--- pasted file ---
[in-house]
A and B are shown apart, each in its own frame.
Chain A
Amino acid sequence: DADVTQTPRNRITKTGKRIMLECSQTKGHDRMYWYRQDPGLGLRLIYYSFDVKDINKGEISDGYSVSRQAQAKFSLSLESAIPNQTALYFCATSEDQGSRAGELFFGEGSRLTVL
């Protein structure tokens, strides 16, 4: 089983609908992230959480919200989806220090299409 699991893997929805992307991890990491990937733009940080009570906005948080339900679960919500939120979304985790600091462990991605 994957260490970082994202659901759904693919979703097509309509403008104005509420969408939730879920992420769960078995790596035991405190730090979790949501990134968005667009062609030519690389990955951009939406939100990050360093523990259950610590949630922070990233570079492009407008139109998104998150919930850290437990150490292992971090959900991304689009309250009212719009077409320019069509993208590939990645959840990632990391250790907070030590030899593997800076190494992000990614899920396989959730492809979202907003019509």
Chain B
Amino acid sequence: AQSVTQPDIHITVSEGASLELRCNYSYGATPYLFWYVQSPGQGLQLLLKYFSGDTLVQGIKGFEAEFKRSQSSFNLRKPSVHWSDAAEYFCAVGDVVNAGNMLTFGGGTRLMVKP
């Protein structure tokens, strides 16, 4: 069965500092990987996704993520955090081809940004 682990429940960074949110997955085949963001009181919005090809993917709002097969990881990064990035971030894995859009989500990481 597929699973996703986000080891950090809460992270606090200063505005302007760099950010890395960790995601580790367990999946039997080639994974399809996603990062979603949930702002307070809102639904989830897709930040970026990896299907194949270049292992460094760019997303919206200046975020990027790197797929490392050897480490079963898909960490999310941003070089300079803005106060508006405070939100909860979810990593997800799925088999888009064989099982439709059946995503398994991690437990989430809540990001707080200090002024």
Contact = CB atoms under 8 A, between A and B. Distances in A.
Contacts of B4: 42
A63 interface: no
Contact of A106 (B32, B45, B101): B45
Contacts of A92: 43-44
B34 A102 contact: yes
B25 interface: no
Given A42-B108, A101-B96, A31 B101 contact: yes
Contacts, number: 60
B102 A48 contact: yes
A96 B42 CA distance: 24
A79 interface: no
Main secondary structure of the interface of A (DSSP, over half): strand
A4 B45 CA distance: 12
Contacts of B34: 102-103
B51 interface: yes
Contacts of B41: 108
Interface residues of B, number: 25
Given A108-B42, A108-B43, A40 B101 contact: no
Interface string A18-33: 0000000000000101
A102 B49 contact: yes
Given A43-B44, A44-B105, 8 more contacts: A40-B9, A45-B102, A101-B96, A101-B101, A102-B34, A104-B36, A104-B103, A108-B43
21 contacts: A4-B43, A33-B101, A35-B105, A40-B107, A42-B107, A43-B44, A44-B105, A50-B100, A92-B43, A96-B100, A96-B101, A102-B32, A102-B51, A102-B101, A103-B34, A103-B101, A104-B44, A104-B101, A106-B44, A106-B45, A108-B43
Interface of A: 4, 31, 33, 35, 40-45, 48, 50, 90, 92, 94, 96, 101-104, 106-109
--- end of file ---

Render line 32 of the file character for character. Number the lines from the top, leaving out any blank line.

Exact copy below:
Interface of A: 4, 31, 33, 35, 40-45, 48, 50, 90, 92, 94, 96, 101-104, 106-109